The only bummer for us, Americans that is, about the date written as 4/20/2020, is that for the Europeans it’s 20/4/2020. It isn’t quite a palindrome, but it’s cool. Score 1 for European date format!
Yesterday’s sunset didn’t have the thunderheads dissipating in the distance, but it was still cool.
These sunset photos from the roof of the garage reminds me of being trapped after Hurricane Harvey almost three years ago now. Same garage roof. Same feeling, same reality, same sense of being trapped.
Meanwhile, in never never land, we continued to march towards some depressing milestones today.
Soon, more Americans will have died in the first six months of 2020 from the Coronavirus, over 40k American souls to date and counting, and we will soon surpass those who died in the Vietnam war (58k.)
We’re not there yet, but that’s the course we are on. And our leaders continue to seemingly not grasp the situation.
Yet Trump insisted after his trawl for personal credit: “It’s not about me. Nothing is about me.”
This came on the day when US deaths from the pandemic topped 40,000 and raced upwards, though Trump claimed he had saved a million lives through his leadership — despite taking several months to recognize the magnitude of the unfolding disaster.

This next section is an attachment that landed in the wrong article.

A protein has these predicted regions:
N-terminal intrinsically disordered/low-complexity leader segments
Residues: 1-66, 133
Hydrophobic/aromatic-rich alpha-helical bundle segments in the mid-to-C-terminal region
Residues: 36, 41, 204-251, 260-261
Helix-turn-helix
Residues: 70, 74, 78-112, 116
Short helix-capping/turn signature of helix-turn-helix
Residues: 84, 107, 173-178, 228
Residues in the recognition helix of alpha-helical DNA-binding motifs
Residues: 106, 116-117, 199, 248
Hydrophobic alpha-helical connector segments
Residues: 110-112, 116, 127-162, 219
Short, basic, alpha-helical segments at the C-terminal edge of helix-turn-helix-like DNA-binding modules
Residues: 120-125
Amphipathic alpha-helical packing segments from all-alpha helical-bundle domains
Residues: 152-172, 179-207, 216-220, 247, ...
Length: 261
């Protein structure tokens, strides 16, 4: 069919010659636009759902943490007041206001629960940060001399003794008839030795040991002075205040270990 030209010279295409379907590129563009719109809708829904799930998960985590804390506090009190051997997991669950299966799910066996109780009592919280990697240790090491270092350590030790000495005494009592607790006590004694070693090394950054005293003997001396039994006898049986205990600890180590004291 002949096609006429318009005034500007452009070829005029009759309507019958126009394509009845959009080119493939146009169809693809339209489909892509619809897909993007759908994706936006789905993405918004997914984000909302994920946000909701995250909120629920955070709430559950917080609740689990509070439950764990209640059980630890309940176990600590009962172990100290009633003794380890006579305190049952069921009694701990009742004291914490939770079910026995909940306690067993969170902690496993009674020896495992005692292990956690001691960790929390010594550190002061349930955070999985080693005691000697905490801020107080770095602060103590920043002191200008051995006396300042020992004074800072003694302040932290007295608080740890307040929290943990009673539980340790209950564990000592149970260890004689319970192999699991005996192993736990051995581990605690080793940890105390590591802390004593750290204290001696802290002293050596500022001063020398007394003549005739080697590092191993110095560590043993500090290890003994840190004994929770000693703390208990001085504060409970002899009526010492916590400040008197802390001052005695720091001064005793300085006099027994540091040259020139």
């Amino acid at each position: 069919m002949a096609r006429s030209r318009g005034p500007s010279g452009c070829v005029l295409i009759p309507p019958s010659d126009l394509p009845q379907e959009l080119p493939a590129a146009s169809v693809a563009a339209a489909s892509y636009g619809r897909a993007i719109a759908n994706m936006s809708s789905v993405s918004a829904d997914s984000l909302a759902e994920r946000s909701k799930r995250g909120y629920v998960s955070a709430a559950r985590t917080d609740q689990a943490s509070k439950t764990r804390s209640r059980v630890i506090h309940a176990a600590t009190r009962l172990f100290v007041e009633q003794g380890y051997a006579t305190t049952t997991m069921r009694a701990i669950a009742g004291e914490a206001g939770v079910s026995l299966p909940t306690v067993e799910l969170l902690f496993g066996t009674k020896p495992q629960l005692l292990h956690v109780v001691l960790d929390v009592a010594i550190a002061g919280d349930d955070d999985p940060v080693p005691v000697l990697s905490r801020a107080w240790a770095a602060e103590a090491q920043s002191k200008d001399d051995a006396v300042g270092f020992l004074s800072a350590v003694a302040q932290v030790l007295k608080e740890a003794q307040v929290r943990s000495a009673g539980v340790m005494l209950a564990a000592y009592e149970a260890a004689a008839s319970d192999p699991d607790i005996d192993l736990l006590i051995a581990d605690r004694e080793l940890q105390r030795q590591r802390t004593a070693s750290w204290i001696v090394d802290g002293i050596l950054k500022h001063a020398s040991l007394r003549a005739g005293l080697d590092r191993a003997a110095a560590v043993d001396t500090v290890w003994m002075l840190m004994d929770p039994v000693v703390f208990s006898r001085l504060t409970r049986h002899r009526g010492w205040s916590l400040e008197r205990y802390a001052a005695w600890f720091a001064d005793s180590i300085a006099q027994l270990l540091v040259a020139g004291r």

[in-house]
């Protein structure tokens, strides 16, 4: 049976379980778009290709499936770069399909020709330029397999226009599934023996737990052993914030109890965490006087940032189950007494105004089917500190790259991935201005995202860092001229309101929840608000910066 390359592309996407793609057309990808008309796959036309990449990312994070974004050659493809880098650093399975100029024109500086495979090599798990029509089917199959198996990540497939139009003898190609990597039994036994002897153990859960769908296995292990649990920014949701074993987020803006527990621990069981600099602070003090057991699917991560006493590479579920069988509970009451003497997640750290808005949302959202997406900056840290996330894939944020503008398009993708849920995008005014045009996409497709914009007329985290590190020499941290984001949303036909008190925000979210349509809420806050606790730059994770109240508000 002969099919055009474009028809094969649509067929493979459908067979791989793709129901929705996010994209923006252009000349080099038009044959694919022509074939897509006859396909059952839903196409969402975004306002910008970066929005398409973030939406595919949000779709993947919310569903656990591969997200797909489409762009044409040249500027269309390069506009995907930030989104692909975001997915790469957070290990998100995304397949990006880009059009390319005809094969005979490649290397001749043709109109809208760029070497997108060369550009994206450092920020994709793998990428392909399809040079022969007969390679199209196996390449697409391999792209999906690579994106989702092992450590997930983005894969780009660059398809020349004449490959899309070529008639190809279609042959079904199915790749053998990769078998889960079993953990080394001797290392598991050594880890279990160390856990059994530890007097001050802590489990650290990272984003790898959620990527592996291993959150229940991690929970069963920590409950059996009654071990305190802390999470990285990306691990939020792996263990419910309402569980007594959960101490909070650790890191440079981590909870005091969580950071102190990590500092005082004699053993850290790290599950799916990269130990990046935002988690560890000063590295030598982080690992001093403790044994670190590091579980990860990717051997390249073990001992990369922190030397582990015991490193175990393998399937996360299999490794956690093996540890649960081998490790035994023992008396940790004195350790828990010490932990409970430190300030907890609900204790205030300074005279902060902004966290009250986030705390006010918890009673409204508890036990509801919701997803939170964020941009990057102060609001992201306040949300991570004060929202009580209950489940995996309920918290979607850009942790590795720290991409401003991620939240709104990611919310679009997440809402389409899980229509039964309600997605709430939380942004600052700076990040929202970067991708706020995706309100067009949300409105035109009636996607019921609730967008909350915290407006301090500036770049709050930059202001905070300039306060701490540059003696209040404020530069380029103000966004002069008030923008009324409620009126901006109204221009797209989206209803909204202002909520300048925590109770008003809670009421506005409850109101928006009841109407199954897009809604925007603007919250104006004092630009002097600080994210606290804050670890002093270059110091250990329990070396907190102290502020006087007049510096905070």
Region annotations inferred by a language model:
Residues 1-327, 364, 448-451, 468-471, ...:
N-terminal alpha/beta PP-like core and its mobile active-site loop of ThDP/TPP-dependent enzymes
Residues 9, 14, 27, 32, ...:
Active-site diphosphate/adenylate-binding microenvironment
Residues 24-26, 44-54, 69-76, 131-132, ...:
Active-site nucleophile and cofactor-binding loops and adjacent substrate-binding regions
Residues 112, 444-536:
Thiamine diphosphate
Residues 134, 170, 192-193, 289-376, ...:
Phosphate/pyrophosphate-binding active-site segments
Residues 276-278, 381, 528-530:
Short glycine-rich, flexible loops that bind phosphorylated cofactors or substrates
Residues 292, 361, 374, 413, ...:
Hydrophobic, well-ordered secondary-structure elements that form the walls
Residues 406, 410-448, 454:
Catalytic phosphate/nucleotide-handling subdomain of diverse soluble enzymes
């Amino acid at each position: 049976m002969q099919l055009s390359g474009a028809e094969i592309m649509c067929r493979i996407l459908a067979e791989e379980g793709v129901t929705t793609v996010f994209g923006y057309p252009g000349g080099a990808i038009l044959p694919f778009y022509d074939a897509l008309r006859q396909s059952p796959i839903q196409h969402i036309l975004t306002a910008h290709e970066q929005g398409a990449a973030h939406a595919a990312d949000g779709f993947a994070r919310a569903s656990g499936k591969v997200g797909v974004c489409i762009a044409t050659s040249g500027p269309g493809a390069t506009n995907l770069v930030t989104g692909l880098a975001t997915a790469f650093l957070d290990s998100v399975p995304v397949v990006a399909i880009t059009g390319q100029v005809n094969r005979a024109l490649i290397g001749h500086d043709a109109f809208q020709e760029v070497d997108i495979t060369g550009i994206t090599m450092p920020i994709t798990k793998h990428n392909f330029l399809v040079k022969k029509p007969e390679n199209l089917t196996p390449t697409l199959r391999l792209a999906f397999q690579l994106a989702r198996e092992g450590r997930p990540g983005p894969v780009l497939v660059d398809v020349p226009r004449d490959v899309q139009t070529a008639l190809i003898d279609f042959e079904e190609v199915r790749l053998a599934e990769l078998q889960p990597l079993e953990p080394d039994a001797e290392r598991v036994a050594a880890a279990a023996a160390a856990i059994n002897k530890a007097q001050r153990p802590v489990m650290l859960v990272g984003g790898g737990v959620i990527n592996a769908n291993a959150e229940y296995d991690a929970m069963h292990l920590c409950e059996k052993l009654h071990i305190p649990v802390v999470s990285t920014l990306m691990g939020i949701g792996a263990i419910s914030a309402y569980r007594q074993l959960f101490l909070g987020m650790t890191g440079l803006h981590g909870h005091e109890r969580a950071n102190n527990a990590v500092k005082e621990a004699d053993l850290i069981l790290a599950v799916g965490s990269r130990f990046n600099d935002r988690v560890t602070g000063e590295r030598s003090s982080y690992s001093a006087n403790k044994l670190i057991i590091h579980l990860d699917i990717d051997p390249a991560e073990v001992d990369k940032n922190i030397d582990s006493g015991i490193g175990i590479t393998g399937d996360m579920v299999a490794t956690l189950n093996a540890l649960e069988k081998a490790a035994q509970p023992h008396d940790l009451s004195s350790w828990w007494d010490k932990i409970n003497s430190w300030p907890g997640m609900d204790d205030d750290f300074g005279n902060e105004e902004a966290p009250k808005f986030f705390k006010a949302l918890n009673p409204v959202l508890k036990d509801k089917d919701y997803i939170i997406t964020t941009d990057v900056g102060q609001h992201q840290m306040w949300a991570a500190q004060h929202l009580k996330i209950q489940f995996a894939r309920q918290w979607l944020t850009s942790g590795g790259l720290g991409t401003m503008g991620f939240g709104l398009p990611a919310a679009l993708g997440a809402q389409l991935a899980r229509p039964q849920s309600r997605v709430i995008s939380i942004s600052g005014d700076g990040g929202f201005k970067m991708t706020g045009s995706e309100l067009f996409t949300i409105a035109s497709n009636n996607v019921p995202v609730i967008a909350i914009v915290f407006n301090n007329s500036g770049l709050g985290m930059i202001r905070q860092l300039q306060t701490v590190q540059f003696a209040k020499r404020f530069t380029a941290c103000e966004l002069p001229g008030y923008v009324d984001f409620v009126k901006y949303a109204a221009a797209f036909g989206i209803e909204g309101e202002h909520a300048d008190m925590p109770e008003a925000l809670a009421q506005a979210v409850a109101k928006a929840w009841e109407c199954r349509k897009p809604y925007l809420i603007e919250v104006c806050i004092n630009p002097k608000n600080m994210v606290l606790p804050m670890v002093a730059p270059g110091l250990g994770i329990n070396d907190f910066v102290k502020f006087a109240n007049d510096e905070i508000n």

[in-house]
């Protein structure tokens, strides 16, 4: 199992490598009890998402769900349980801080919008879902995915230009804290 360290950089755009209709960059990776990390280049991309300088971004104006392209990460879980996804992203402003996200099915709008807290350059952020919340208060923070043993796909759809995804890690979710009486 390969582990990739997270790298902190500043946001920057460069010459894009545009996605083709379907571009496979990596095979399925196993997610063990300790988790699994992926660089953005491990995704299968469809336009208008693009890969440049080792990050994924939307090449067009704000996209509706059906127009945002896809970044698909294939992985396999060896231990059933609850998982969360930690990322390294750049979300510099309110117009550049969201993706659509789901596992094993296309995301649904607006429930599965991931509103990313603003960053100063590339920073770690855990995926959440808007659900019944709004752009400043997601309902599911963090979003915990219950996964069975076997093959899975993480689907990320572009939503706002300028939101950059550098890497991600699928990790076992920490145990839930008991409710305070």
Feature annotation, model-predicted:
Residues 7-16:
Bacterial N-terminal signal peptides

For perspective, my Father fought in Vietnam. He served his country. He lost friends to combat and more were MIA.
I ask you, what will the Covid-19 memorial look like?
I’m stunned by this: “Lancet, the British medical journal, published an article in January, based on studying a small group of patients, which found that a third of people (infected with the coronavirus) had to be admitted to intensive care units.”
The reason that stuns me is it is from January and it is now March. We lost significant time in responding to an obvious issue of a lack of Ventilators and ICU beds are vastly insignificant for that level of infection.
That quote on Covid-19 is from today’s NEW York Times article March 20, 2020 titled “Behind the Virus Report That Jarred the U.S. and the U.K. to Action”